There are 133 women in college to every 100 men. By age 25 there are 141 female college graduates for every 100 male graduates. The headline news has been that at age 22, the traditional age for college graduation, the ratio of female to male college graduates is 185/100.
Betsey Stevenson and Justin Wolfers, whose work I often cite in these pages, have opened the question of why men take longer to graduate from college.
It is well known that all through adolescence girls, as a group, are more mature than boys. I think that is one of the main reasons that girls are more likely to stay in school and go straight through to college commencement in the first place. The senior women at Centre often lament that their male counterparts aren't as mature as they are in thinking about marriage and children. I think this is one of the reasons that, on average, women pick husbands who are a couple of years older than they are - to try to equalize their maturity levels.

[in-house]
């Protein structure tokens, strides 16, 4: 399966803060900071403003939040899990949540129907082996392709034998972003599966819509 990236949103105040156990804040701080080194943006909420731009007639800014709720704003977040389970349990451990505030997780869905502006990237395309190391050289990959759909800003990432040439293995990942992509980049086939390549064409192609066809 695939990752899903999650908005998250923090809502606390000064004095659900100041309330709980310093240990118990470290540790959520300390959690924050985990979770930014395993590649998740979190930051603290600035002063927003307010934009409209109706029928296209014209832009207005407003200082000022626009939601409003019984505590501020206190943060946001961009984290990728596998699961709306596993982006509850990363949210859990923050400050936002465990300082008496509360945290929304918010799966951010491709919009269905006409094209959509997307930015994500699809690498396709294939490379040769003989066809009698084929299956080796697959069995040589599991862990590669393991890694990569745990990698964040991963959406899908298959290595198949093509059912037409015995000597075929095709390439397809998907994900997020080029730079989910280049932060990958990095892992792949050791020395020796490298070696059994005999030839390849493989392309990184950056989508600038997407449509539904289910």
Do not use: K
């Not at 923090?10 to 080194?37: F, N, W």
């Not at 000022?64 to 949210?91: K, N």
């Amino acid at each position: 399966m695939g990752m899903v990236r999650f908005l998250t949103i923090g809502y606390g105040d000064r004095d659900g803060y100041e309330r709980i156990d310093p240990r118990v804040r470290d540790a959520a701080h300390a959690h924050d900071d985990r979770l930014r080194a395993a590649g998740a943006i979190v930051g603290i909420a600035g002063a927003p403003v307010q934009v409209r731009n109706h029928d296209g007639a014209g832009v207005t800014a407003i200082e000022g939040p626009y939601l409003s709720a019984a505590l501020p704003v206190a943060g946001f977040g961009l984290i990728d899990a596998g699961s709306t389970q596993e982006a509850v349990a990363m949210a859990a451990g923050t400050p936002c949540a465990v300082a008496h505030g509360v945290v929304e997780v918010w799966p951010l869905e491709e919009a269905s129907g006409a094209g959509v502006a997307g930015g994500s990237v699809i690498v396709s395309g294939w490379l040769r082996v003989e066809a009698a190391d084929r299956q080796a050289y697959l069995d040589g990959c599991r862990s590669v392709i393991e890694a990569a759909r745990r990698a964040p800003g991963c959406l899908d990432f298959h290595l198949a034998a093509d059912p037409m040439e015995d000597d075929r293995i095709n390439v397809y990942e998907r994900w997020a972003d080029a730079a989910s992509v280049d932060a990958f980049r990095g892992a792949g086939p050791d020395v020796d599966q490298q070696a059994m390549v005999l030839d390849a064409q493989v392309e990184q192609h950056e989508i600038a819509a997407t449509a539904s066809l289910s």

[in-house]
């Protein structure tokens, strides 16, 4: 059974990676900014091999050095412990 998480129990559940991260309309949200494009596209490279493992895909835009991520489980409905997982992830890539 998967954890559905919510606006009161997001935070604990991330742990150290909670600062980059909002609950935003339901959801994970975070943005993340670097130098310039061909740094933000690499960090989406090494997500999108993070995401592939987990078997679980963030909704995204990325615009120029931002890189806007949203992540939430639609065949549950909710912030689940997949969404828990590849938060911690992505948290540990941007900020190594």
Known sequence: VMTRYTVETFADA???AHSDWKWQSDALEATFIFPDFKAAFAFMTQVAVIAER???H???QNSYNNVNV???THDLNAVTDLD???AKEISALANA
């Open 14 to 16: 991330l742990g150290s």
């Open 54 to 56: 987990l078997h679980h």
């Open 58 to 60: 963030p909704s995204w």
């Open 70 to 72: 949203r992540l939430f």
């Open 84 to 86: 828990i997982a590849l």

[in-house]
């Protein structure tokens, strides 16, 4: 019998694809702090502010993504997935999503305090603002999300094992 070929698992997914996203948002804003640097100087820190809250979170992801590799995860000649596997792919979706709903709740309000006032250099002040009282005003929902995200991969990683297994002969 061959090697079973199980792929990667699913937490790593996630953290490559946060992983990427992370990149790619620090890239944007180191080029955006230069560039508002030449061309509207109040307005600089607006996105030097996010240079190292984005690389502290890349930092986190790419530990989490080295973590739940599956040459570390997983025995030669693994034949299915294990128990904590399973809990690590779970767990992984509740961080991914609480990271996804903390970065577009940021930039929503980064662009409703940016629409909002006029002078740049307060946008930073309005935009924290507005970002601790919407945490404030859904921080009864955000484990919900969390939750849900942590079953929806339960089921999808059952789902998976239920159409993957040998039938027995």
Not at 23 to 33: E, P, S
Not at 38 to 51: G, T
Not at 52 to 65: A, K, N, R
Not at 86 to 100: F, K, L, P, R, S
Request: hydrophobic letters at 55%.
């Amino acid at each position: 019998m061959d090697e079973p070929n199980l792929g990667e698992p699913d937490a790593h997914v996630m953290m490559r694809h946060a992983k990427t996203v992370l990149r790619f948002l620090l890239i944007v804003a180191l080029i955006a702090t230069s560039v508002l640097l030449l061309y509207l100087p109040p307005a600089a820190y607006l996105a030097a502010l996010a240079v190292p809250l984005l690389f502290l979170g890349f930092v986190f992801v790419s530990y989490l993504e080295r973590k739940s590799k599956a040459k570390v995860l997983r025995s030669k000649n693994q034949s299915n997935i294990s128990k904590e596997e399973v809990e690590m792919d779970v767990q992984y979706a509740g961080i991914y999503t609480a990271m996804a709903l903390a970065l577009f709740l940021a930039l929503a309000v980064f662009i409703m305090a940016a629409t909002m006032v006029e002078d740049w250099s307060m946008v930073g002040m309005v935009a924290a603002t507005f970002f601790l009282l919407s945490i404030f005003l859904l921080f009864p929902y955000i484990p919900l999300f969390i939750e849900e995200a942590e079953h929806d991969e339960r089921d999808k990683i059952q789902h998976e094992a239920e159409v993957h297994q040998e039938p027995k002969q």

So here is my gruntled, hopeful, silver-lining-seeking hypothesis: men are taking longer to graduate than women because they are trying to catch up to the women in maturity.